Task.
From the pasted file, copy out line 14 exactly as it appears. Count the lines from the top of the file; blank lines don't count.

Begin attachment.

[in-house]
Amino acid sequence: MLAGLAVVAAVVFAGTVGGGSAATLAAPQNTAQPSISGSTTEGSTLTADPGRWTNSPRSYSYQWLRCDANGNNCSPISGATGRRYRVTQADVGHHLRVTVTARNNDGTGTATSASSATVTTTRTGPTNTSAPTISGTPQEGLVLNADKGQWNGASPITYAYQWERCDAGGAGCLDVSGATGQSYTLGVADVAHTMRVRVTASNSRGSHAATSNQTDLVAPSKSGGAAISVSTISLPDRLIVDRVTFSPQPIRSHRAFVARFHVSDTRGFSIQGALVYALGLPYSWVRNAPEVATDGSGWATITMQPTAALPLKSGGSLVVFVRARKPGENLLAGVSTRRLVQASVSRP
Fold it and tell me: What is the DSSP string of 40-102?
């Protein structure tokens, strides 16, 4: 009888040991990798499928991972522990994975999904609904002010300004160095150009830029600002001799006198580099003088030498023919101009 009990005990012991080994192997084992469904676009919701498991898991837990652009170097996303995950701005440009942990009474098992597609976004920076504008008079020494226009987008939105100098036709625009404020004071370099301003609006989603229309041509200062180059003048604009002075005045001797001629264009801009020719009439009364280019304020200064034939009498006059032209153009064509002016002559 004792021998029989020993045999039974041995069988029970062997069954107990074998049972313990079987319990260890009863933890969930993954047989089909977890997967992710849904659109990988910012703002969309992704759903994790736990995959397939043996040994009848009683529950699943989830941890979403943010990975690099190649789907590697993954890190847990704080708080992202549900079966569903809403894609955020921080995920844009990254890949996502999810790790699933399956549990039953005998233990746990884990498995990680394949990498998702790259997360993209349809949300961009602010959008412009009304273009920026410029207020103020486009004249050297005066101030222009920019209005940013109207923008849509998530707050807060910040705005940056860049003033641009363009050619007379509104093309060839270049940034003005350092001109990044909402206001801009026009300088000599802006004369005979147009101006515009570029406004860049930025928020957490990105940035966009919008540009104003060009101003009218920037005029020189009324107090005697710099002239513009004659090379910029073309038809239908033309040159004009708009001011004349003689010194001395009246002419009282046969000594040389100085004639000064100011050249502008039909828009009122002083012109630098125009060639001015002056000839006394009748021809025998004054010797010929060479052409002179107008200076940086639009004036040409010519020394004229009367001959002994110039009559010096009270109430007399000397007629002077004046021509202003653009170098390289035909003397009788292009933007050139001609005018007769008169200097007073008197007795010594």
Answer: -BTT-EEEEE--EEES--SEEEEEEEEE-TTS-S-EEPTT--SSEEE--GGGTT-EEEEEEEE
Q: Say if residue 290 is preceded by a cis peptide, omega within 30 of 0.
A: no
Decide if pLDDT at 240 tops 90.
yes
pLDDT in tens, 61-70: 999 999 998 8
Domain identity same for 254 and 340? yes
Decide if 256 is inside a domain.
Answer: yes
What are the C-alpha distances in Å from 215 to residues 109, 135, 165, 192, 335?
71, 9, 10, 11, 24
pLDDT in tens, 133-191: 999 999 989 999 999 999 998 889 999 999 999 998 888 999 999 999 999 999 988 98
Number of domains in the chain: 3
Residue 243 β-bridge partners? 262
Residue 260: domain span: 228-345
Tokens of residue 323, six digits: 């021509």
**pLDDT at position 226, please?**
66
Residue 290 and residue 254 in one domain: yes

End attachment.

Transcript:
What are the C-alpha distances in Å from 215 to residues 109, 135, 165, 192, 335?